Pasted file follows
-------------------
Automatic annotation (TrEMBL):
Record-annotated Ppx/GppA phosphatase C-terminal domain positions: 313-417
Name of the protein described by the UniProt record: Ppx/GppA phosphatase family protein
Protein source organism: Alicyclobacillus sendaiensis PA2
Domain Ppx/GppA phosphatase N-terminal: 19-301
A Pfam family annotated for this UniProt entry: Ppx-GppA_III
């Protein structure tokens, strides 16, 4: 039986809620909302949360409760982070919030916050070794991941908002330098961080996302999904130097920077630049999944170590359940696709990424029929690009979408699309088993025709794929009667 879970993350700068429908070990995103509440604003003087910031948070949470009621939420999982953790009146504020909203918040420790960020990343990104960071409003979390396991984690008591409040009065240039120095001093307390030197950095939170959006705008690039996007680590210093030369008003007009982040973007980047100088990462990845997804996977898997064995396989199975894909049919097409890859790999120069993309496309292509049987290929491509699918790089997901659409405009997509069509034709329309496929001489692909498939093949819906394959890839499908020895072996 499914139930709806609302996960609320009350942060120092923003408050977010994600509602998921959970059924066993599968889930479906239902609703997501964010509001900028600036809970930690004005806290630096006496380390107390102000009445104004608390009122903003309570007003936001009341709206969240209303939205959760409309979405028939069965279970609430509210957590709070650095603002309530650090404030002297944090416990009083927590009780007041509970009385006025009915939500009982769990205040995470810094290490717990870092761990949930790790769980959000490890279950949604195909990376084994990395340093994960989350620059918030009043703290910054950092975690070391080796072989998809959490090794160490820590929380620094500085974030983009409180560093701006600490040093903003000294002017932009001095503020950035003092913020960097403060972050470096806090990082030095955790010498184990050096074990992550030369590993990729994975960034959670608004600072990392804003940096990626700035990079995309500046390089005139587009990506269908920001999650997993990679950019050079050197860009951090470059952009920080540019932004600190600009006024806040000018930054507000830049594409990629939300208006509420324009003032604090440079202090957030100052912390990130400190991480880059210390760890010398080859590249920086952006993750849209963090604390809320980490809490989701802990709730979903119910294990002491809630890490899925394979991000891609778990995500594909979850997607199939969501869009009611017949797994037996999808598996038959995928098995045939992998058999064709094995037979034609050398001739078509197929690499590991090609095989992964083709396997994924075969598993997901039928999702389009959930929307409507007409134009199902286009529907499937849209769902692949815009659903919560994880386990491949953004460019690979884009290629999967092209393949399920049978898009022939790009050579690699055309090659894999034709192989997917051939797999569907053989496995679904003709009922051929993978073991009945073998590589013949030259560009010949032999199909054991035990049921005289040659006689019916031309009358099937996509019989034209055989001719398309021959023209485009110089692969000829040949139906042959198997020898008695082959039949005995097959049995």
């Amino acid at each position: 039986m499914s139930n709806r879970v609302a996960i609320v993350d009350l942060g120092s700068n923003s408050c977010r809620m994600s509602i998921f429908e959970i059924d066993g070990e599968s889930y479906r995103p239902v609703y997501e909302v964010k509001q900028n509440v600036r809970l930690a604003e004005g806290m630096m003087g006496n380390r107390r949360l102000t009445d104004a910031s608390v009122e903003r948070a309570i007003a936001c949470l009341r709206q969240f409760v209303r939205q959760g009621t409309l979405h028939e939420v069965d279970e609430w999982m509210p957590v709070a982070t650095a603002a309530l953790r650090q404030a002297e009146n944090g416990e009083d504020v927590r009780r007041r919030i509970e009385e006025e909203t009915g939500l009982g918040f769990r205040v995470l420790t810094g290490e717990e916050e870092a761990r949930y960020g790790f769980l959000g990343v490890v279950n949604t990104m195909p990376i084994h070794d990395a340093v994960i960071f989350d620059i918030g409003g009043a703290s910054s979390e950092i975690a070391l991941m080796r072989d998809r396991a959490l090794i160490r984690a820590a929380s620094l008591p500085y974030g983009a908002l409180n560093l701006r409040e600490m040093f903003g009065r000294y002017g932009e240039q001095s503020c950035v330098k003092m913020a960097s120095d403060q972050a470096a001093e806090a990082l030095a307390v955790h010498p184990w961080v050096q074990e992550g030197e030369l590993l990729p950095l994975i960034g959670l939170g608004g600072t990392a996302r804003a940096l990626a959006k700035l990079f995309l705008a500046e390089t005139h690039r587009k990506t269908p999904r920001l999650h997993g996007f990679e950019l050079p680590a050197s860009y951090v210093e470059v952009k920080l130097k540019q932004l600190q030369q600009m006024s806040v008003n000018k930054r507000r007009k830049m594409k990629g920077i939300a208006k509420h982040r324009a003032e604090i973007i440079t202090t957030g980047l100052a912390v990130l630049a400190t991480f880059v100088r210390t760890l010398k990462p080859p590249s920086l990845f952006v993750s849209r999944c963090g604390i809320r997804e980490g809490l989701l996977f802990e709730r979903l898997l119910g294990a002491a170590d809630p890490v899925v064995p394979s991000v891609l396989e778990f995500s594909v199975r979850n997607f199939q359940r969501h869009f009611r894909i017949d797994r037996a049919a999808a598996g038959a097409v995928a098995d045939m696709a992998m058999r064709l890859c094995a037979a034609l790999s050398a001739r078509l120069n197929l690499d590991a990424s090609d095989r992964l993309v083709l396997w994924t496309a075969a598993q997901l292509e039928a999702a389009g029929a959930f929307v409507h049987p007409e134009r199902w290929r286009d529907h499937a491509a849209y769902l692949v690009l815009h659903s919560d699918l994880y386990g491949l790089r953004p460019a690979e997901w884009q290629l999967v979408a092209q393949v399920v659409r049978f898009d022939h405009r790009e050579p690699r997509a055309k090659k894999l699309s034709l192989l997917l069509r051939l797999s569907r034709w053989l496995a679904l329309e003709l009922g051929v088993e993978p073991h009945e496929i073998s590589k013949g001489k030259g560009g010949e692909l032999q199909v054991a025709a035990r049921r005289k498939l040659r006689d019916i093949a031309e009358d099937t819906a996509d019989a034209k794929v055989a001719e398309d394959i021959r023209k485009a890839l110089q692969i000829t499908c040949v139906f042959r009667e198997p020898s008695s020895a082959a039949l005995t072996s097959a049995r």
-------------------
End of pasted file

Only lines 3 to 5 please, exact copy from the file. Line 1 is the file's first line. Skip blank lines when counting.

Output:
Name of the protein described by the UniProt record: Ppx/GppA phosphatase family protein
Protein source organism: Alicyclobacillus sendaiensis PA2
Domain Ppx/GppA phosphatase N-terminal: 19-301